September 11

The Weekly Briefing: Twitter Follows Facebook, Tests ‘Buy’ Button

The latest headlines from our Weekly Monday Morning Meeting:

Twitter’s ‘Buy’ Button Experiment

SEO Copywriter Jared Townsend presented on Twitter’s testing of a ‘buy’ button. The news arrives on the heels of Facebook testing a similar offering in July. Twitter’s feature will allow companies to feature the buy button integrated into their Tweets – letting users complete transactions all through the popular social network. The addition arrives after Twitter hired former Ticketmaster CEO Nathan Hubbard to lead its commerce department last year. Meanwhile, an article from Katie Landan of the LA Times made a good point that impulse shoppers should “beware” of the feature. Without a doubt, it’s likely that delivering buy options directly to users’ social feeds will only make impulse transactions that much more tempting. 

Compelling Email Subject Lines

Marketing Director Caitlin Tvrdik presented on an article written by VerticalResponse Inc. for The post discusses how to successfully create “compelling” email subject lines – helping more readers open your messages. Among the suggestions were keeping it short, using call-to-actions, expressing a “sense of urgency,” personalizing the message and using other words instead of just “free.”

Facebook Cuts Down on ‘Click-Baiting’

Social Media Manager Paige Craig briefed everyone on Facebook’s plan to cut down on “click-baiting.” Click-baiting covers news stories people post to Facebook’s news feed that feature headlines like “You’ll never guess who or what…” And while headlines such as these get high click-through rates, Facebook noted through its Newsroom that such links “can drown out content from friends and Pages that people really care about.” So what does this mean? You’ll likely see less spammy headlines and more quality content – a win-win when all is said and done.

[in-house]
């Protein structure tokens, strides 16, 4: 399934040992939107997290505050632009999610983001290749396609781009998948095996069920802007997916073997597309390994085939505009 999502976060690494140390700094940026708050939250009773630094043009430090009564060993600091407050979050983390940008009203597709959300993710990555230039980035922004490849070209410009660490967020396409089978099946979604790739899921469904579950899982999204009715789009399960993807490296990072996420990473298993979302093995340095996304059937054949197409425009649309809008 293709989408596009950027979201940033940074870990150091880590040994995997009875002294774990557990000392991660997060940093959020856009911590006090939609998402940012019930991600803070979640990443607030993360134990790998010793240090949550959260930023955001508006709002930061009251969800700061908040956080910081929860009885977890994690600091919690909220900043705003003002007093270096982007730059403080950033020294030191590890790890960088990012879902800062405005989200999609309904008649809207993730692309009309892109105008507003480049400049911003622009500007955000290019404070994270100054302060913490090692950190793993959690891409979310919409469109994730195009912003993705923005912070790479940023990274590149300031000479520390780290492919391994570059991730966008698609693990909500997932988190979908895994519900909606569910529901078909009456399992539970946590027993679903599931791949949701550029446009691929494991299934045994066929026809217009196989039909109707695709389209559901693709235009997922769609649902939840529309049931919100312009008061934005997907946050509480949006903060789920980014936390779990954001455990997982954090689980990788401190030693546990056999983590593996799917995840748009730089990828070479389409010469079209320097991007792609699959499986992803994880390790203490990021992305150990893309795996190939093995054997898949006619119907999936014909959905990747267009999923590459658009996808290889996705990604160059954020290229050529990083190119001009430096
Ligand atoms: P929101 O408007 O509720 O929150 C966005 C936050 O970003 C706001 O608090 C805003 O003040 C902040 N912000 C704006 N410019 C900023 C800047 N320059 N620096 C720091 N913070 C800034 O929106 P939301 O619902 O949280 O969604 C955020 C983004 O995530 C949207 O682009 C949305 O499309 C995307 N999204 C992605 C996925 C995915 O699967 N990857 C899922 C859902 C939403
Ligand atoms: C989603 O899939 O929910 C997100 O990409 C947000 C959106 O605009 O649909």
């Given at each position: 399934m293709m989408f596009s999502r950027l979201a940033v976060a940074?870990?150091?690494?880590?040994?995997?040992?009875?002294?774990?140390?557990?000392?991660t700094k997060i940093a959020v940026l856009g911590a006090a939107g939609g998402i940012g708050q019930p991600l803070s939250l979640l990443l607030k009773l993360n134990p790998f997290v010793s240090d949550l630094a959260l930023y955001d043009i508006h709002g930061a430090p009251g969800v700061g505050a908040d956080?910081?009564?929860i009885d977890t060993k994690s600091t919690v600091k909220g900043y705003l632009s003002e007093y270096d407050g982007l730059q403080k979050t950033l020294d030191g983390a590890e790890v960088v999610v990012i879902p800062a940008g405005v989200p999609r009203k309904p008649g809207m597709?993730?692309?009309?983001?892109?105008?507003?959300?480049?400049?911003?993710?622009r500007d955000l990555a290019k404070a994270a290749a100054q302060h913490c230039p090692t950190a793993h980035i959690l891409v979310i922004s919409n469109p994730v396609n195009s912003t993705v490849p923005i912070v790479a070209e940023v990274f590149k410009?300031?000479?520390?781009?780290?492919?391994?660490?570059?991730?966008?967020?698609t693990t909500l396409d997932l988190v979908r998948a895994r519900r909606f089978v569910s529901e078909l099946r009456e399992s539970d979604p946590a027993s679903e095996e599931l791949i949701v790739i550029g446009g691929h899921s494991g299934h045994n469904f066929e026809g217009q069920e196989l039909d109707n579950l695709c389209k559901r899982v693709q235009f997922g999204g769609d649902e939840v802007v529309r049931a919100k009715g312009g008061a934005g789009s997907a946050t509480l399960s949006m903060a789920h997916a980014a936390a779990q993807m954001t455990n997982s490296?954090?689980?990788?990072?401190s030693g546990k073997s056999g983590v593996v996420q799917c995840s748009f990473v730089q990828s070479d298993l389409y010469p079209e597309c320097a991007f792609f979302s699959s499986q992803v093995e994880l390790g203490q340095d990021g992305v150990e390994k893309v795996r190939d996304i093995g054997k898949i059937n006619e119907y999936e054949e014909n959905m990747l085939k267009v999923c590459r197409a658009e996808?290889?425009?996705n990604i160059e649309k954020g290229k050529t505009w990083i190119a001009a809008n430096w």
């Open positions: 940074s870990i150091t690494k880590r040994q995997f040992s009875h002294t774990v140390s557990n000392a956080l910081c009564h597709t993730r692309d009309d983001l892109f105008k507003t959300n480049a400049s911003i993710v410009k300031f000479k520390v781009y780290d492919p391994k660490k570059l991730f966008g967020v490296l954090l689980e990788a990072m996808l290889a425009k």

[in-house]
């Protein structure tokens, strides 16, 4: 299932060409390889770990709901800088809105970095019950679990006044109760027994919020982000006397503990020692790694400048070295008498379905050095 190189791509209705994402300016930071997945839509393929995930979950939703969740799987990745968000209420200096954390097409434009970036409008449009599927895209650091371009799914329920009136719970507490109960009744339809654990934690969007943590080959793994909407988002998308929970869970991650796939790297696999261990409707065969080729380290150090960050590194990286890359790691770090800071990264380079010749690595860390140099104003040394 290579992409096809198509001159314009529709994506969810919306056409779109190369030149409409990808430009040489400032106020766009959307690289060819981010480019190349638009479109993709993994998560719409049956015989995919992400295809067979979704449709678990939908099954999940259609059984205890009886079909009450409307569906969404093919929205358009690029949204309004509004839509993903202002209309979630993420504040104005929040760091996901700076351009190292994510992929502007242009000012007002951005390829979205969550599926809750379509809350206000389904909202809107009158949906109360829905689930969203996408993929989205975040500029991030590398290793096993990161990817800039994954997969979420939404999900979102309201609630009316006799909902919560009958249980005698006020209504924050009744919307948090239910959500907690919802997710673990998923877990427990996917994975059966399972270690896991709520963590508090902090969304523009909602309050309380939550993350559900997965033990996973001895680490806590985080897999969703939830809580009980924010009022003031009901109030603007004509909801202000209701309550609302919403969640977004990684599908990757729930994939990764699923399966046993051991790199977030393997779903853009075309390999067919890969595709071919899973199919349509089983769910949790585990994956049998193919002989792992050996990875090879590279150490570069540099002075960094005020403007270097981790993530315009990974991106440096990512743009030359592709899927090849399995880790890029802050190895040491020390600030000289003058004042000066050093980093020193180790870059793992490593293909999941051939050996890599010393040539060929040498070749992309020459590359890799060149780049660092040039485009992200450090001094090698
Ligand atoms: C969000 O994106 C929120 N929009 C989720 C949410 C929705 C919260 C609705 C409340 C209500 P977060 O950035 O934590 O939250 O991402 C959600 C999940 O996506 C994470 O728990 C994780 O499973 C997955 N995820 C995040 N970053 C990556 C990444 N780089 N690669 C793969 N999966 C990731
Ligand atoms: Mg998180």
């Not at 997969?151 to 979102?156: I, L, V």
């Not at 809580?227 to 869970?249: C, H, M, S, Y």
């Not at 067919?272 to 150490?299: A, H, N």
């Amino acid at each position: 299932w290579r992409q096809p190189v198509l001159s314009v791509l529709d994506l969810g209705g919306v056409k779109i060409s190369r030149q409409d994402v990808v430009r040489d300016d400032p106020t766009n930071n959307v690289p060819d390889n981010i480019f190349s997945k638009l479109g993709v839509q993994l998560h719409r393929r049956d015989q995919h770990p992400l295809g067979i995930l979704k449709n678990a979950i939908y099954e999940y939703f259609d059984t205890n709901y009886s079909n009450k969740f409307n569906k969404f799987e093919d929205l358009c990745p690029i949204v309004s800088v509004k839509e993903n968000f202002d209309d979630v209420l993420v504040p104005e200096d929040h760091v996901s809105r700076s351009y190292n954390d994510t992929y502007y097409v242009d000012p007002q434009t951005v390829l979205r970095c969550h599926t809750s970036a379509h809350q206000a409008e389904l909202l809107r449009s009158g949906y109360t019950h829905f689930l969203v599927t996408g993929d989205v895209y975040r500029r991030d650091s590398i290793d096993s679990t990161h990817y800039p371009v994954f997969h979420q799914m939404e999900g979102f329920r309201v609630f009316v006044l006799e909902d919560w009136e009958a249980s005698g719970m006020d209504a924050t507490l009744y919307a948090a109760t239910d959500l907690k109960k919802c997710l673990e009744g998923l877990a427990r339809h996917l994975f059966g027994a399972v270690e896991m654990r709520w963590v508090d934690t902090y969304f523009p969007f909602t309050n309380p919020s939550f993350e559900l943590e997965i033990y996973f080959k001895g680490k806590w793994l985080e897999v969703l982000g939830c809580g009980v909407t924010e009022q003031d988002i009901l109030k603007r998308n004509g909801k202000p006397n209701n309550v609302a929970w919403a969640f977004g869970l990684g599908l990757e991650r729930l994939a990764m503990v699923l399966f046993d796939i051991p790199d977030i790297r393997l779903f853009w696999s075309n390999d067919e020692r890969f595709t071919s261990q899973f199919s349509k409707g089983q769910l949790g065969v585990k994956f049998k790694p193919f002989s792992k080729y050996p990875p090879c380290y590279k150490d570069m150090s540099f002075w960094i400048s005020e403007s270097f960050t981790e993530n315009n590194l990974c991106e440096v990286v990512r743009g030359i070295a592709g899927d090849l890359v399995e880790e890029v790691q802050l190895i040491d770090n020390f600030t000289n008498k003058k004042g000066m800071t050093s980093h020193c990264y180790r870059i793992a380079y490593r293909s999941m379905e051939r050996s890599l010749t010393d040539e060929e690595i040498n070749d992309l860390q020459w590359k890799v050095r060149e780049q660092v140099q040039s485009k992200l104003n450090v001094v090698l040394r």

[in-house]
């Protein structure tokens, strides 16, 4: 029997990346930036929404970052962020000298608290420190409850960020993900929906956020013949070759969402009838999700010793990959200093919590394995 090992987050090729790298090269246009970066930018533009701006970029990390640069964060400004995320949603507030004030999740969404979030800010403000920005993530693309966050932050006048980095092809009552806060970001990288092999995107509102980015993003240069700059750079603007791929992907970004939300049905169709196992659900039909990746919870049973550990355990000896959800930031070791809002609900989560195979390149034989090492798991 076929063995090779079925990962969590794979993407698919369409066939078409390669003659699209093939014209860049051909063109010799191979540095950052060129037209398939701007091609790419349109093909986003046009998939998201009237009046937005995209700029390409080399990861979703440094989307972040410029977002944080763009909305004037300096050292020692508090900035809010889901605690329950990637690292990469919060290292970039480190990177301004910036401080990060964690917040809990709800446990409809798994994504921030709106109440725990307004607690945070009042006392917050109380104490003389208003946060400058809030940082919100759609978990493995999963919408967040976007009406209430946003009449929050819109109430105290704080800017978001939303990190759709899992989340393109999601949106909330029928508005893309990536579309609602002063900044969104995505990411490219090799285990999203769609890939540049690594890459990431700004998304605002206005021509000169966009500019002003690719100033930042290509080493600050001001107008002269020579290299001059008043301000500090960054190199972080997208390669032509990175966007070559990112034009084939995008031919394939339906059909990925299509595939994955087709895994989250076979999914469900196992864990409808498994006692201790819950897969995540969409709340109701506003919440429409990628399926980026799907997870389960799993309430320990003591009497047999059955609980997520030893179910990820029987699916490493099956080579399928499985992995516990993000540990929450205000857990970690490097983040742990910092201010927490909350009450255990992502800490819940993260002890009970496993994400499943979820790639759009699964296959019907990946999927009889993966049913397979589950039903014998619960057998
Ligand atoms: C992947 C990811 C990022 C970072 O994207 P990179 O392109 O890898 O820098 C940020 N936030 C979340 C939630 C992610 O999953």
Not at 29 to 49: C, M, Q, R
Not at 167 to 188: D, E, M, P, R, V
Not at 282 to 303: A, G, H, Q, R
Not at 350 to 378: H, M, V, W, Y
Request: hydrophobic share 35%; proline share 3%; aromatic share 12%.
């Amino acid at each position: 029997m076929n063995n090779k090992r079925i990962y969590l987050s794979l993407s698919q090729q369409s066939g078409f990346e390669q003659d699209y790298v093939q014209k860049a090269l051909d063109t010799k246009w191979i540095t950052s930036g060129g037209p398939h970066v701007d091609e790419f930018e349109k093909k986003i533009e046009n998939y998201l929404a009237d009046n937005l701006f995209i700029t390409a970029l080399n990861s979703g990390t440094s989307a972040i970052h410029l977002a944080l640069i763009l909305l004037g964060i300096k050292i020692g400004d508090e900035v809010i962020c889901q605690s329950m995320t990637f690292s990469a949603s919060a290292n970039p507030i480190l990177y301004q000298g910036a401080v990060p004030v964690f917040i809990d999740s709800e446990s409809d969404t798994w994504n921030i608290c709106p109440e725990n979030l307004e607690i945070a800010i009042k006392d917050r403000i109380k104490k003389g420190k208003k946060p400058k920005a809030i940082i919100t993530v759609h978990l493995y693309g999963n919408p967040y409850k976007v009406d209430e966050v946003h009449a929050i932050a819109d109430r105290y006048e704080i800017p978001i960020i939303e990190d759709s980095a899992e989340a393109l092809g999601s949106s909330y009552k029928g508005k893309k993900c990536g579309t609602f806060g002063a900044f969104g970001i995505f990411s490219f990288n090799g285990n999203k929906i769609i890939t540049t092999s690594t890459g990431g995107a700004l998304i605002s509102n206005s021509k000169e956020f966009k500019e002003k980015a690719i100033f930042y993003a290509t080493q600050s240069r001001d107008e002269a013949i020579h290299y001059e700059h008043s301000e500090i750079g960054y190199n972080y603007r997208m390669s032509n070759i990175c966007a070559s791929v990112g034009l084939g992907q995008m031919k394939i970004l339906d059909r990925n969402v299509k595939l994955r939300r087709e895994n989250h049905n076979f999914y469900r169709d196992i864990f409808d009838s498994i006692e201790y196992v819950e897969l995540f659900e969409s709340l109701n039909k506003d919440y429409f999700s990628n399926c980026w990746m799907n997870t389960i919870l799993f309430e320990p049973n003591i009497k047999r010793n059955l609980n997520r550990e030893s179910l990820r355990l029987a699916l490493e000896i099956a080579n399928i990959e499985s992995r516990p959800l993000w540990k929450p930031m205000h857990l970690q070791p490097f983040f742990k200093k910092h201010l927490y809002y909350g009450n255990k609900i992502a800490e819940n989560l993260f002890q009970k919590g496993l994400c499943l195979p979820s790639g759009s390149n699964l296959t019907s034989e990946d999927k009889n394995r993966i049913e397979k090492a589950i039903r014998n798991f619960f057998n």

Marketing After Google’s ‘Pigeon’ Update

SEM Lead Tyler Halonen discussed a report from Search Engine Land’s Chris Silver Smith covering best practices for Internet marketing after Google’s Pigeon update. If not familiar with Pigeon, the update made changes to Google’s search algorithm with the intention of improving local results. In the Search Engine Land report, Smith notes that Internet yellow page directories are on the rise thanks to the algorithm change – this includes sits like,,, Insiderpages,, etc. So how do you go about optimizing your company for such online presences? Silver recommends searching for your business type in Google, seeing which sites rank well for your local area and trying to decide whether getting a listing on the site is worth it (especially if you have to advertise). Such a decision may depend on how your listing will show up on the site – will it be highly visible to viewers towards the top of results or kind of hidden on the page?